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    Author(s): M.L. Doolittle; M.L. Lightsey
    Date: 1979
    Source: Res. Pap. SO-151. New Orleans, LA: U.S. Department of Agriculture, Forest Service, Southern Forest Experiment Station. 12 p.
    Publication Series: Research Paper (RP)
    Station: Southern Forest Experiment Station
    PDF: View PDF  (72 KB)

    Description

    About 40 percent of the South's nearly 60,000 wildfires yearly are set by woods-burners. A survey of 14 problem areas in four southern States found three distinct sets of woods-burners. Most active woods-burners are young, white males whose activities are supported by their peers. An older but less active group have probably retired from active participation but act as patriarchs of the burning community. A small group whose actions are generally disapproved of by the community and who are suspected of other illegal acts complete the major categories of woods-burners. To design fire prevention programs, planners need to keep in mind that most woods-burning is supported by the community. The isolation of rural communities will require opening of new channels of communication before prevailing attitudes can be changed.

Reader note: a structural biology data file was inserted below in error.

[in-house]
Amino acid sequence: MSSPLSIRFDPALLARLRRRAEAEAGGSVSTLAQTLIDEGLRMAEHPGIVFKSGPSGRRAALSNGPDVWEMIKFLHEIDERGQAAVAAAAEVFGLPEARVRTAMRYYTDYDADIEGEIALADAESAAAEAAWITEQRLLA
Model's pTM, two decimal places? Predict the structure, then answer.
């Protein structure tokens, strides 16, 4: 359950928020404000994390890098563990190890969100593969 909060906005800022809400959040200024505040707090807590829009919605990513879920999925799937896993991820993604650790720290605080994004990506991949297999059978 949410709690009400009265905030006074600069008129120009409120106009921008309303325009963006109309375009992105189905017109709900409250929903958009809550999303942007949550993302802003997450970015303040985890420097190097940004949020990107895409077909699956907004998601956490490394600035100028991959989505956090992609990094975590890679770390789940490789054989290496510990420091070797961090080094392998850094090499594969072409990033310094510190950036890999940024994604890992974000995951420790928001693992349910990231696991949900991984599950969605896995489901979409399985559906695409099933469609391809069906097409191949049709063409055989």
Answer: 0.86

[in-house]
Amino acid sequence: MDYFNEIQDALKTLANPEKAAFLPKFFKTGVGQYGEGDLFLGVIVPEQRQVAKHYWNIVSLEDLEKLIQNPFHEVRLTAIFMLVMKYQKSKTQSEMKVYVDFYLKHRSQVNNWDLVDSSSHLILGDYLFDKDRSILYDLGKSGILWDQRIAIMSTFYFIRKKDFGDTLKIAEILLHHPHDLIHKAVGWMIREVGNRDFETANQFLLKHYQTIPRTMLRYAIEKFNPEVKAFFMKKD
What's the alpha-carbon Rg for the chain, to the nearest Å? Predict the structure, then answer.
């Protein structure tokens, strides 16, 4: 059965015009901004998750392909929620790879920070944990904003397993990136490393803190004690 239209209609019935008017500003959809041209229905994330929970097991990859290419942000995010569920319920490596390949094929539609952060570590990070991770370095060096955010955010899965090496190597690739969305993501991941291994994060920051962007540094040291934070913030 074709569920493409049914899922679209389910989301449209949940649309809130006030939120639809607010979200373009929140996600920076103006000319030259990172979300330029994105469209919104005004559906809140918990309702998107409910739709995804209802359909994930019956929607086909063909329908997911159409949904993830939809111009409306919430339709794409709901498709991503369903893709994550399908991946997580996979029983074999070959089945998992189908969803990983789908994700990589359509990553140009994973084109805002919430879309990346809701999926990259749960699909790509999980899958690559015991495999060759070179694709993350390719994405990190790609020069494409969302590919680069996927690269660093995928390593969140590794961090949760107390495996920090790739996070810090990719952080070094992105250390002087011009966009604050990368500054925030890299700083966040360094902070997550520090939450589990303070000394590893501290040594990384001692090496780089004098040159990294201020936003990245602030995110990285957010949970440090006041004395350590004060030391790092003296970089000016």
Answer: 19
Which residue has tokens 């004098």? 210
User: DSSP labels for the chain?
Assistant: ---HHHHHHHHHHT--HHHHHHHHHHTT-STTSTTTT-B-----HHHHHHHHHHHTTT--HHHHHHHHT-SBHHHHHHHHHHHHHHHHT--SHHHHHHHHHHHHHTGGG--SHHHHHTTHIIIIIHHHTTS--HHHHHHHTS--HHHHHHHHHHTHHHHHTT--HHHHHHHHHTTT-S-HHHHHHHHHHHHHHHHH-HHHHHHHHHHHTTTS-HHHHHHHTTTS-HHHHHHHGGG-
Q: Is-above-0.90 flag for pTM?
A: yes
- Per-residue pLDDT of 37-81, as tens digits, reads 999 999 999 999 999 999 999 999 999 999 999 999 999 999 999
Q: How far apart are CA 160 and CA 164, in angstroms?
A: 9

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    • This article was written and prepared by U.S. Government employees on official time, and is therefore in the public domain.

    Citation

    Doolittle, M.L.; Lightsey, M.L. 1979. Southern Woods-Burners: A Descriptive Analysis. Res. Pap. SO-151. New Orleans, LA: U.S. Department of Agriculture, Forest Service, Southern Forest Experiment Station. 12 p.

    Keywords

    arson, fire prevention

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